Discharge circuits and loads Page: 46 of 62
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DISCHARGE CIRCUITS AND LOADS
XI. OPEN-CIRCUIT PROTECTION WITH CABLE INTERCONNECTIONS
Referring to Fig. 21, if the load is shorted, a wave is sent back and
is multiplied repeatedly until the cable breaks down. If L and R are cor-
rectly chosen, the voltage pulse cap; be reduced significantly. In large sys-
tems with very high voltages there is no choice but to do this. In single-
shot systems, a single point-plane spark gap connected to ground through a
copper sulphate resistor is used to offer additional protection. If the
laser faults, it sends back a -V and the point-to-plane gap across the cable
input breaks down controlling this voltage. Such spark gaps can be used for
high repetition rate systems, but erosion and gas flow needs may pose prob-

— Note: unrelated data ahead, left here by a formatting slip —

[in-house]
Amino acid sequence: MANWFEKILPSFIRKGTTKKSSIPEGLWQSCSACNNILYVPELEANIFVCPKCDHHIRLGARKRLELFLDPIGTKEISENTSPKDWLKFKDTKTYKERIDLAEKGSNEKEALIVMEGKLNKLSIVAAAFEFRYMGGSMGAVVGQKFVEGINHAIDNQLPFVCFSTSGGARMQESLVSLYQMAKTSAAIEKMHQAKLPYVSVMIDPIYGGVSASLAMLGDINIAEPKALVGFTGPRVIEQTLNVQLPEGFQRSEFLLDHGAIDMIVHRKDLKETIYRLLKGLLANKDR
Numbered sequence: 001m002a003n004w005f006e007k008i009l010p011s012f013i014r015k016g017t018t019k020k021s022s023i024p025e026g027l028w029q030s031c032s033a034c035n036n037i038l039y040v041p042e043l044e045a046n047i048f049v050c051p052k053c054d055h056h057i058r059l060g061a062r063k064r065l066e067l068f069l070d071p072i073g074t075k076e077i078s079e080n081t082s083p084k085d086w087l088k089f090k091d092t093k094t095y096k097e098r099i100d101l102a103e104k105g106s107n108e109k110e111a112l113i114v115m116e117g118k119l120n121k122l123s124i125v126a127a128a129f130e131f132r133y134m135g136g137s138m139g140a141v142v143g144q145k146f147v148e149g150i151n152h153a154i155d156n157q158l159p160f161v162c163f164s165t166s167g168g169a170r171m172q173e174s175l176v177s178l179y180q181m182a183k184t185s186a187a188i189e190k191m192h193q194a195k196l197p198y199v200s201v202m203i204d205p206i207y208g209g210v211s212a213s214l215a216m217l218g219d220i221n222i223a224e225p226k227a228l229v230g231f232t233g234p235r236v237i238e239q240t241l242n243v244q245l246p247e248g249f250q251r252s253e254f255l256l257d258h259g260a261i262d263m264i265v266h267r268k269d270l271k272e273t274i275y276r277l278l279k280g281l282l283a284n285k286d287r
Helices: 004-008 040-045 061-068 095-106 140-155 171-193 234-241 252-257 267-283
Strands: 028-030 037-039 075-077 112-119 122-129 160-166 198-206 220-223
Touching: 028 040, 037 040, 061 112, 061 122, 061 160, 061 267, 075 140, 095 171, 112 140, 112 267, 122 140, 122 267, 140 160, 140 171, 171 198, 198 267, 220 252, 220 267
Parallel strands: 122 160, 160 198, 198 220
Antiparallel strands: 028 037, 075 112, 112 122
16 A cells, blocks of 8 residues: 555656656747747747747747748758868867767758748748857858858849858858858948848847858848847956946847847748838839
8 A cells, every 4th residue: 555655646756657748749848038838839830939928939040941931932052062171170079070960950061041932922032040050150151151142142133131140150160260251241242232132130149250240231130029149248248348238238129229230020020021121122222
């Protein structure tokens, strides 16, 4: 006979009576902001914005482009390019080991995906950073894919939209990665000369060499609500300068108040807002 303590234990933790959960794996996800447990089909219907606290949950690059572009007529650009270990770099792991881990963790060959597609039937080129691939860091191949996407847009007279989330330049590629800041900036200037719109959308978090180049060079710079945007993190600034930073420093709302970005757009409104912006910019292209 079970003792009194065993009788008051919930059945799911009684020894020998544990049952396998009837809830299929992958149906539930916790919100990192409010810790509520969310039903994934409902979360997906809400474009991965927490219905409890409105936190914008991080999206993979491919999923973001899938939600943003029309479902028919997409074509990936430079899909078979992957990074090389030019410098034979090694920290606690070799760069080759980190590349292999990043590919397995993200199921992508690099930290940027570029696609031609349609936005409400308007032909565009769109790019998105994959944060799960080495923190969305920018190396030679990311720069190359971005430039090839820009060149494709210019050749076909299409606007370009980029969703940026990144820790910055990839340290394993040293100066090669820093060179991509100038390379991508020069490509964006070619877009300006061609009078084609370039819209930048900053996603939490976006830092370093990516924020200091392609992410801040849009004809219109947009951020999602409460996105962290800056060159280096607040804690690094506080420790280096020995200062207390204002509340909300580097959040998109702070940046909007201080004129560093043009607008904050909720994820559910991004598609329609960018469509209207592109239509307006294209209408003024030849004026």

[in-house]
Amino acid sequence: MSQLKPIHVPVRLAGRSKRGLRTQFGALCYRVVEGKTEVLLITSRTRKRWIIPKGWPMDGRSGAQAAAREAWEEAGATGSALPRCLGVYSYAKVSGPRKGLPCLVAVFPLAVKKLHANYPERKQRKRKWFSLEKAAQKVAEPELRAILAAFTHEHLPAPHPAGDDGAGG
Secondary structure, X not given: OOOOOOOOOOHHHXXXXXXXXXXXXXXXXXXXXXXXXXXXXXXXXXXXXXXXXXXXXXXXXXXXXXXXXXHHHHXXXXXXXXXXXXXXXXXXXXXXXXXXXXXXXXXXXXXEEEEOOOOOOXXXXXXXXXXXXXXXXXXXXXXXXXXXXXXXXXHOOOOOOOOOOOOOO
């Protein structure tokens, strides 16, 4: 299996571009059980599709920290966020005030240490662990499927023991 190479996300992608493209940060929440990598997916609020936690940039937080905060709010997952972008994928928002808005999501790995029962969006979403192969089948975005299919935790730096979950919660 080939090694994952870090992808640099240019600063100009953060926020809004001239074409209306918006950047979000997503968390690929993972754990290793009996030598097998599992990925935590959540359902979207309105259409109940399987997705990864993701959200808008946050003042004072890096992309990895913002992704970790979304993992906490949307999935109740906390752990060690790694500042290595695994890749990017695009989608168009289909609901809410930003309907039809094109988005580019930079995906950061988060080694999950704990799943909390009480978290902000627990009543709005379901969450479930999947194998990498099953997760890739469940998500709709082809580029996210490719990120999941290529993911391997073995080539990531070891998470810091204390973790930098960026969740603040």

lems. In another circuit, the switch can be self-triggered. If relatively
long pulses are used, a triggered spark gap protector can be added. When the
wave comes back, a capacitive divider reduces the voltage and, fed through a
diode, triggers the spark gap.
For cable connections to the load, either a shunt spark gap to ground
or a shunt L/R network at each end of the cable is suggested to protect
Figure 22 is a useful compilation of information on inductive loads
prepared by Bill Nunnally.
XII. LASER LOADS
A. Direct-Discharge Pumped Excimer Laser Loads
Rare-gas halogen lasers, of considerable interest as sources of
intense ultraviolet energy, represent one of the most challenging time-
varying loads to come into existence in the last decade (Fig. 23). One of
the difficulties in these systems is their time-varying nature.
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Sarjeant, W.J. Discharge circuits and loads, report, October 15, 1980; New Mexico. (https://digital.library.unt.edu/ark:/67531/metadc1061299/m1/46/: accessed April 23, 2019), University of North Texas Libraries, Digital Library, https://digital.library.unt.edu; crediting UNT Libraries Government Documents Department.